This weekend is Buddha’s birthday and the celebrations are in full swing – a festival is starting to bustle right outside my workplace door. For a religion based on the teachings of one man who came to be called ‘enlightened one,’ or ‘Buddha’ who, after seven years spent travelling as an ascetic, came to realise three revelations or ‘enlightenments’ while sitting under a fig tree, the Asian world in particular has gone crazy.
Buddhists don’t believe in higher deities or a creator but rather, follow a proposed path toward freedom from suffering though reflection on the nature of our existence. It’s a life dependant on self-redemption.
Recognising Four Noble Truths is where the life of Buddhism begins.
1. Suffering is universal.
2. The root of suffering is desire – our craving for and clinging to transient phenomena.
3. It is possible for suffering to cease and to reach what is called ‘Nirvana.’
4. An Eightfold Path (outlined below) is the solution to end suffering.
The Eightfold Path incorporates:
– Understanding of the Buddha’s view of life (The Four Noble Truths).
– Having an attitude where goodwill and peace takes the place of desire and hate.
– Communicating in a way that is wise, truthful, kind, helpful and harmonious.
– Taking responsibility and accepting the consequences for one’s own actions.
– Having an occupation and livelihood that doesn’t harm others.
– Consistently striving to overcome unhelpful motivations and cultivate wholesome ones.
– Considering all things with care and acting, speaking and thinking with awareness not desire.
– Meditation or reflection on Buddhist beliefs.
There are three important concepts of Buddhism.
Karama is a fluid representation of the good and bad that we perform in our lives. Buddhism teaches that those who do good, become good and vice versa. Actions have consequences. The law of consequence is not a divine judgement. You get what you give. What you give in this life directly affects what you become in the next just as this life is an image of what you were in a previous one.
The cycle of birth, life, death and rebirth.
An eternal state of being where the laws of Karma and Samsara cease to exist. It’s not a place, but rather a state of being – you can reach Nirvana while living in your present life. It’s the end of suffering and desire.
The Buddha described Nirvana like this:
‘..A condition, where there is neither earth nor water, neither air nor light, neither limitless space nor limitless time, neither any kind of being, neither ideation or non-ideation, neither this world nor that world. There is neither arising nor passing away nor dying, neither cause nor effect, neither change nor stand still.’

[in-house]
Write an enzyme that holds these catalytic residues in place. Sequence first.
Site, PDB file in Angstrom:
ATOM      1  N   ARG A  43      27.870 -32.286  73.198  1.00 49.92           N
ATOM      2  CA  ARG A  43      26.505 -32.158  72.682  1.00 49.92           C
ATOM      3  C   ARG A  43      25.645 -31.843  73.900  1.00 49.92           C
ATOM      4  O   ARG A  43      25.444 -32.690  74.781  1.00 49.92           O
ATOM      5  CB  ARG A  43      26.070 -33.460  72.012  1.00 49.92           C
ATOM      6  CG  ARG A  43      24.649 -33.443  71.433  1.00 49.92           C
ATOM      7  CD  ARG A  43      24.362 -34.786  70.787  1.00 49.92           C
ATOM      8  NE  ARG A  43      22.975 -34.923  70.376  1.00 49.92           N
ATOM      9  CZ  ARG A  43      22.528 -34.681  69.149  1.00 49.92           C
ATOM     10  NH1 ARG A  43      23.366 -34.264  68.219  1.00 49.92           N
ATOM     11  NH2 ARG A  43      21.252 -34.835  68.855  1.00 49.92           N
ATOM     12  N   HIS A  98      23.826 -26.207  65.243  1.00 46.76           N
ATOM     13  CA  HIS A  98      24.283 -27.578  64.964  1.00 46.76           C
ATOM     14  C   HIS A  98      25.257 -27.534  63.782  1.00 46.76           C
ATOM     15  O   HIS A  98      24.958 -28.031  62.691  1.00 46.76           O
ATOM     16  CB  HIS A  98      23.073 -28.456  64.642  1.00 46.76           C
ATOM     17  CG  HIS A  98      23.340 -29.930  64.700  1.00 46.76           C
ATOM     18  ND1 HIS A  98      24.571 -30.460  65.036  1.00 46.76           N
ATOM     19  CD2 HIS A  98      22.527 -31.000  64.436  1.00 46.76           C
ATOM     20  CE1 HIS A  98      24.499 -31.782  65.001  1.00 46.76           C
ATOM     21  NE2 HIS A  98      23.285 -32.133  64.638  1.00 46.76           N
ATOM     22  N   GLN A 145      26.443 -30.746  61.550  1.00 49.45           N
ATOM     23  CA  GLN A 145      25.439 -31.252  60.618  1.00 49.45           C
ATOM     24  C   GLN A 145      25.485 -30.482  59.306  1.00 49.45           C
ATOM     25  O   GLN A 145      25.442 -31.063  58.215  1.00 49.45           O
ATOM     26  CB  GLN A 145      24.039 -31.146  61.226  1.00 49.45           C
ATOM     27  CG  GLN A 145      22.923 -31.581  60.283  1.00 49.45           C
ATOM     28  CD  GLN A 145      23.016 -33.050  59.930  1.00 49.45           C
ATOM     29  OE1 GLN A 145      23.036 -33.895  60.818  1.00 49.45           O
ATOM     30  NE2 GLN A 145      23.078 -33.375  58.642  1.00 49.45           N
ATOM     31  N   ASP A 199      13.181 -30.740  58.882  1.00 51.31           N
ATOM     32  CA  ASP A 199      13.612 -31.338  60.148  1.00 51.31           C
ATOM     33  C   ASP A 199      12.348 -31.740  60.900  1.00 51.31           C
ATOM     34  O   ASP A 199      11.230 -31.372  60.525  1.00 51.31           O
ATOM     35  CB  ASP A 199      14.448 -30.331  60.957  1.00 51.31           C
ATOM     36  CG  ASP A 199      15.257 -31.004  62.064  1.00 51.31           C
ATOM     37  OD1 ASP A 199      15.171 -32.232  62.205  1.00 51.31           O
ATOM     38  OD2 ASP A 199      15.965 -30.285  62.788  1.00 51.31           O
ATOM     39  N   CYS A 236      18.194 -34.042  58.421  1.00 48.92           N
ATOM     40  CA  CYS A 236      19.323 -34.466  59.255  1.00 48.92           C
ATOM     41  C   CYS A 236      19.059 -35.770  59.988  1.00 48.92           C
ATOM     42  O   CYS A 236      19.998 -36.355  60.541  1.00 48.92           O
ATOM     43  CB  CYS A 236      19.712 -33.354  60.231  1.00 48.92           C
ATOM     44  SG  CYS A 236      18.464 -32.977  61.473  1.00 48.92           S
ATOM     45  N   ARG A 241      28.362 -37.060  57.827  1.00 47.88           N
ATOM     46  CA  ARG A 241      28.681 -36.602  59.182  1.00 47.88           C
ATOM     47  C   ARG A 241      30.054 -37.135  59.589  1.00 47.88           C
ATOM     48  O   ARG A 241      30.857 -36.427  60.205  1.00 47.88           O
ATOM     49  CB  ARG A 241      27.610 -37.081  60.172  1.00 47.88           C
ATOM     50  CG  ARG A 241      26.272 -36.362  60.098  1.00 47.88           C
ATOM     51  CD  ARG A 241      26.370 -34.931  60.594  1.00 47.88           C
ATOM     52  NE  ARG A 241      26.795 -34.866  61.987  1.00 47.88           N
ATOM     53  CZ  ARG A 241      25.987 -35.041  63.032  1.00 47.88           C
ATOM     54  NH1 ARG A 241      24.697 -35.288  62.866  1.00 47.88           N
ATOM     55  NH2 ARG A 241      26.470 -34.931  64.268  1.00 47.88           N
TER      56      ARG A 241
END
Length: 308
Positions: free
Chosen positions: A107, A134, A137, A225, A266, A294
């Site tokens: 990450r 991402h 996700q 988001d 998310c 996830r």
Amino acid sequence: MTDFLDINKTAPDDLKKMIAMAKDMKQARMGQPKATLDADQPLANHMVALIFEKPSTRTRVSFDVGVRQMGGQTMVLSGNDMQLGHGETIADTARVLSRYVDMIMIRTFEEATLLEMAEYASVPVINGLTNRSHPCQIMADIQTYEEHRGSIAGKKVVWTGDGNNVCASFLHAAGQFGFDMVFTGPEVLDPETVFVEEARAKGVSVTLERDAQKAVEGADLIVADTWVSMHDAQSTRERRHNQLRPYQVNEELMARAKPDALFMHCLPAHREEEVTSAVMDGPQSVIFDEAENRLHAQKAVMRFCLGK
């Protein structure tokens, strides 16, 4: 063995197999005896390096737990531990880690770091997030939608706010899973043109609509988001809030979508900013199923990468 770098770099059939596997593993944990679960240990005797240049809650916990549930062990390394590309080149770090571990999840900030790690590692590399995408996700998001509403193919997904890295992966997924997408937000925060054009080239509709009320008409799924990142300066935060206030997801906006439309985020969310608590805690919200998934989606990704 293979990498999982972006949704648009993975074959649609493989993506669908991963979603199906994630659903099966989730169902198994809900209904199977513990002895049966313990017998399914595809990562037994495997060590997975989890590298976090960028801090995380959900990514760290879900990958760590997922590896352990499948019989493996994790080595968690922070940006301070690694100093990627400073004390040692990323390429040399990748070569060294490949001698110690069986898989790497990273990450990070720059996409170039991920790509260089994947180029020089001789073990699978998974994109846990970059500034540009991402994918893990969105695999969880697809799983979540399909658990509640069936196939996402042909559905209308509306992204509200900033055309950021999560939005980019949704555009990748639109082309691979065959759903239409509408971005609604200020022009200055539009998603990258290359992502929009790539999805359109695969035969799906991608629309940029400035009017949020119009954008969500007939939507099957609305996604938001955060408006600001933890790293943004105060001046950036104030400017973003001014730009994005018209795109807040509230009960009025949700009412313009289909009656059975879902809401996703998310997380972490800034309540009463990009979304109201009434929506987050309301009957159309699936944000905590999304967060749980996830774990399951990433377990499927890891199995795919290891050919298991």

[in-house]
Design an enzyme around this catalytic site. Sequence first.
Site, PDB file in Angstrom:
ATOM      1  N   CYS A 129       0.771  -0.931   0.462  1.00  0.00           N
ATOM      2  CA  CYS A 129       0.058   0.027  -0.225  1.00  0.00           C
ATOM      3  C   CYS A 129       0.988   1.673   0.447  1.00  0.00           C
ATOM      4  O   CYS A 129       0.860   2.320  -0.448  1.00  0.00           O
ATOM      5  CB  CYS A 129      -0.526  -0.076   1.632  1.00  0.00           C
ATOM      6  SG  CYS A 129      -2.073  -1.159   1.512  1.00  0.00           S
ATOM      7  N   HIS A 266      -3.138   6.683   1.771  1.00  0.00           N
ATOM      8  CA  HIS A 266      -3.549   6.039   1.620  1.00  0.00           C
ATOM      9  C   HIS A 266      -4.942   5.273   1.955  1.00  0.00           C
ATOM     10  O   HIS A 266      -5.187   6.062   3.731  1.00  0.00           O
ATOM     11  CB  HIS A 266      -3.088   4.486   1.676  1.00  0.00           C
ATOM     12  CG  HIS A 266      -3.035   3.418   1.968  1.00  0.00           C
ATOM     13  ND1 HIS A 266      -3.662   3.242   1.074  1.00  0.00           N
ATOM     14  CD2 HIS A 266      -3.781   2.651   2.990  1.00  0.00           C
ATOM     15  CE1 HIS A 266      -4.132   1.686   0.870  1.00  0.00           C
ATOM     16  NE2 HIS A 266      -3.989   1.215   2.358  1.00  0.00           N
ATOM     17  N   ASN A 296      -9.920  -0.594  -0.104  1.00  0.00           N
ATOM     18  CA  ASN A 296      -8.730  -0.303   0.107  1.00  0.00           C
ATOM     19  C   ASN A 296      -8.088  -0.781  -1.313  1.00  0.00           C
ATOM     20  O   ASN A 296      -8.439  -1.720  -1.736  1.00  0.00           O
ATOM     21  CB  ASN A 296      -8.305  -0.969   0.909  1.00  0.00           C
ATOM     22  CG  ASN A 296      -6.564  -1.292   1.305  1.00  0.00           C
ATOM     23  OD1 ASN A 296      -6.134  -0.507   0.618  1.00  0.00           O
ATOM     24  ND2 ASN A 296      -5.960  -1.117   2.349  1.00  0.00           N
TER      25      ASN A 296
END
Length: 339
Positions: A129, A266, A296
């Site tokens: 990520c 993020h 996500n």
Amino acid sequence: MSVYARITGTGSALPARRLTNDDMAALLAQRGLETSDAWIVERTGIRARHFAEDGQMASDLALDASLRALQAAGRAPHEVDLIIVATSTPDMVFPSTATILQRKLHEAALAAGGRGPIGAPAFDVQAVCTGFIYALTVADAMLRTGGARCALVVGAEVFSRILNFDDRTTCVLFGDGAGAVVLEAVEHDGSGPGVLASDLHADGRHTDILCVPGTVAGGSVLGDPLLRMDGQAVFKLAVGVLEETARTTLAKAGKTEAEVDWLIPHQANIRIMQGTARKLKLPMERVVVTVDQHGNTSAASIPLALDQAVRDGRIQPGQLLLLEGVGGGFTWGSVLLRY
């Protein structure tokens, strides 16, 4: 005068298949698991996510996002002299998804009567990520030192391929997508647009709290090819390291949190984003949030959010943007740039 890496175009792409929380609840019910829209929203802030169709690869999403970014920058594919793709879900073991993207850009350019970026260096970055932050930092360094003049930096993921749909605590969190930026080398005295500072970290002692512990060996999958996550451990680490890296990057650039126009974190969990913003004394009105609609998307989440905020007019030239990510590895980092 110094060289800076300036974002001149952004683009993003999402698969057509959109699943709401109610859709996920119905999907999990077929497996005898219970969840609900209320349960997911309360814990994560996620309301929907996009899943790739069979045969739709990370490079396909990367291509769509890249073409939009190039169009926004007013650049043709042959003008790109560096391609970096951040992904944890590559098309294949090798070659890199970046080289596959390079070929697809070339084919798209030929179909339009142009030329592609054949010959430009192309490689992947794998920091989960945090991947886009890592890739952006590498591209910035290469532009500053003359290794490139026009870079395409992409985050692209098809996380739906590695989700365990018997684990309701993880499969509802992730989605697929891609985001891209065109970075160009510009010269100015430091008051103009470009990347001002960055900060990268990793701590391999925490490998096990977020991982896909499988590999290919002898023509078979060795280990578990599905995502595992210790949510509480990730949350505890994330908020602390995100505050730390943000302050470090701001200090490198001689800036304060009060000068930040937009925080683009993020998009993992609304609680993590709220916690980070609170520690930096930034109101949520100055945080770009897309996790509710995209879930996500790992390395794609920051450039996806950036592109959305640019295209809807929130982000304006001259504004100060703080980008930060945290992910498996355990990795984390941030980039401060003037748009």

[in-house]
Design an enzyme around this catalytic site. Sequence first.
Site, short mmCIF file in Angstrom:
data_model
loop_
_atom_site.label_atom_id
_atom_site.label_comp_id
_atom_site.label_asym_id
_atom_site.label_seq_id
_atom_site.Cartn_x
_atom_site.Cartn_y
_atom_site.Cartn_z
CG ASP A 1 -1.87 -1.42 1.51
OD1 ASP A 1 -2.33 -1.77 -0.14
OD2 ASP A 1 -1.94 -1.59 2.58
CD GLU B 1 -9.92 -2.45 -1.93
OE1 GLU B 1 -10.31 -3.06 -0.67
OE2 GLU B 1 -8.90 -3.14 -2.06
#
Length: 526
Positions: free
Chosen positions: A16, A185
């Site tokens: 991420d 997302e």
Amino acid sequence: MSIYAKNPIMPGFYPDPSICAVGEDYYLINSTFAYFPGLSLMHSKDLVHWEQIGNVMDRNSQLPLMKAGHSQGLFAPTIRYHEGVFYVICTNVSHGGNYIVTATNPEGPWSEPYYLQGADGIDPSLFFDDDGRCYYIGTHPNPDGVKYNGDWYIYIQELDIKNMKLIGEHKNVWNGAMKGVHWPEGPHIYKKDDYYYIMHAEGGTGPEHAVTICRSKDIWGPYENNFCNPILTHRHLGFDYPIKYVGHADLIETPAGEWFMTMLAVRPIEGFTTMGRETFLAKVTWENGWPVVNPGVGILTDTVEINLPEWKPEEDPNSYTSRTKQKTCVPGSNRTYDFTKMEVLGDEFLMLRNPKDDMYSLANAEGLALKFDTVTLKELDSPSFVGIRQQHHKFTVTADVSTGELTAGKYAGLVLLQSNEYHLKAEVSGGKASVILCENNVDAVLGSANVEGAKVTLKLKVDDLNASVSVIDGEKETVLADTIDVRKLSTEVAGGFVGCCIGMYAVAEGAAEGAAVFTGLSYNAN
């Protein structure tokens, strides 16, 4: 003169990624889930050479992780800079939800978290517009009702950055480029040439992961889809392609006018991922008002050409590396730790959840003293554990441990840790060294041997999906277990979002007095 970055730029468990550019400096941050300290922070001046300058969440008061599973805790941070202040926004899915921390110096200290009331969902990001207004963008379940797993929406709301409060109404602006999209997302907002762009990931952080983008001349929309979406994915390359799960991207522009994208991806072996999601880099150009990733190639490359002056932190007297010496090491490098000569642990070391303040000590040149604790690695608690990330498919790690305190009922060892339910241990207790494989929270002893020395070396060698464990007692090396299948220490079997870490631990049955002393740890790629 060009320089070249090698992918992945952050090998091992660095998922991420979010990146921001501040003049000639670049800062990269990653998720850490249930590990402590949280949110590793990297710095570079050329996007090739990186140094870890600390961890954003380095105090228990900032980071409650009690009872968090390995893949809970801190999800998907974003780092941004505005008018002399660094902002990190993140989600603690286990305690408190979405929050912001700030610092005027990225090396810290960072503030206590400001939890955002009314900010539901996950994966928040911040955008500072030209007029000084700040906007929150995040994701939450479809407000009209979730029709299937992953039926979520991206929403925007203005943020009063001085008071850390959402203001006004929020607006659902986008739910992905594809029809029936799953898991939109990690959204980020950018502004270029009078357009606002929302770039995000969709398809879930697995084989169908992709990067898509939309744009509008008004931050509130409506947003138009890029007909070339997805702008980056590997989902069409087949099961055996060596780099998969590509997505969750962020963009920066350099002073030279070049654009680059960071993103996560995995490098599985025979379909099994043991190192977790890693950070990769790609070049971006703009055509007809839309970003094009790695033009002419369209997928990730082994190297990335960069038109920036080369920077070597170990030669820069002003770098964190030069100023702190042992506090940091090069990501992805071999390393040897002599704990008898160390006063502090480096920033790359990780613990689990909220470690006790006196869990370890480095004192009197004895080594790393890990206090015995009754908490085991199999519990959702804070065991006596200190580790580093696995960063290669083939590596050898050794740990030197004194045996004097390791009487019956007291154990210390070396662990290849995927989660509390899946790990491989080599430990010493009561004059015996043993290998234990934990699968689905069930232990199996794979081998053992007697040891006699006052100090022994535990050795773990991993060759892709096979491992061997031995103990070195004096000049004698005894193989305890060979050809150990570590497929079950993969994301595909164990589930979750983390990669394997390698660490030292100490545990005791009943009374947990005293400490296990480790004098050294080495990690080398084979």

Buddhism teaches that no one can cleanse you, nor can anyone defile you..there is no one who can rid you of your sins but you. The responsibility of Karma, Samsara and Nirvana is your own.
In essence, reality doesn’t exist. Nothing exists. Life is ‘maya’ – an illusion which we must break from to reach enlightenment (Nirvana). According to Buddhism, the biggest problem humanity faces is our own inability to see through the daydream.
Have you ever watched the Matrix? The basic principle in the Matrix films is that what most people think of as reality is actually a computer simulation – our perception of reality doesn’t match entirely what reality really is.
Back to Buddha’s birthday festival outside. It’s very colourful…there are fake flowers, artwork, Buddha statues, food that smells amazing and pools to throw your money in. But as I walked through it, I couldn’t stop the sadness from creeping through me as I watched a lady with clasped hands and closed eyes throw a coin into a plastic fountain. I couldn’t stop the sadness as I overheard a female monk telling a passerby about her destiny. And to be honest, I didn’t even try to stop the sadness from overwhelming me when I saw the hundreds of school children traipsing through the stalls, being taught about the wonderful man by the name of Buddha.
It felt hopeless. It felt hopeless because the aim of Buddhism is to escape a desperate and doomed world by pretending it doesn’t exist. It felt hopeless because Buddhism teaches that the fix for a broken humanity comes from humanity itself.
The reality is that reality exists.
The reality is that you’re not going to come back after death and have another chance to gain a higher level of satisfaction by doing good things.
The reality is that evil isn’t an accident which, by having an attitude of peace and goodwill, will disappear. Sooner or later your patience will run out.
Suffering and evil are real. They’re horrible and they’re enslaving. They’re not escapable in this life or able to be dealt with using human minds and standards.
Buddhism doesn’t provide an out to a mundane existence – it numbs all feeling toward it by teaching that reality, purpose and truth are relative to each individual and up to that individual to deal with themselves.
The reality is that Jesus Christ, who was crucified and then rose from the dead, is the centrepiece of reality. And He has given us hope.
I have blotted out your transgressions like a cloud and your sins like a mist; return to me, for I have redeemed you.
Thank you Jesus for saving me – so I don’t have to create a false security ahead of terrifying destruction.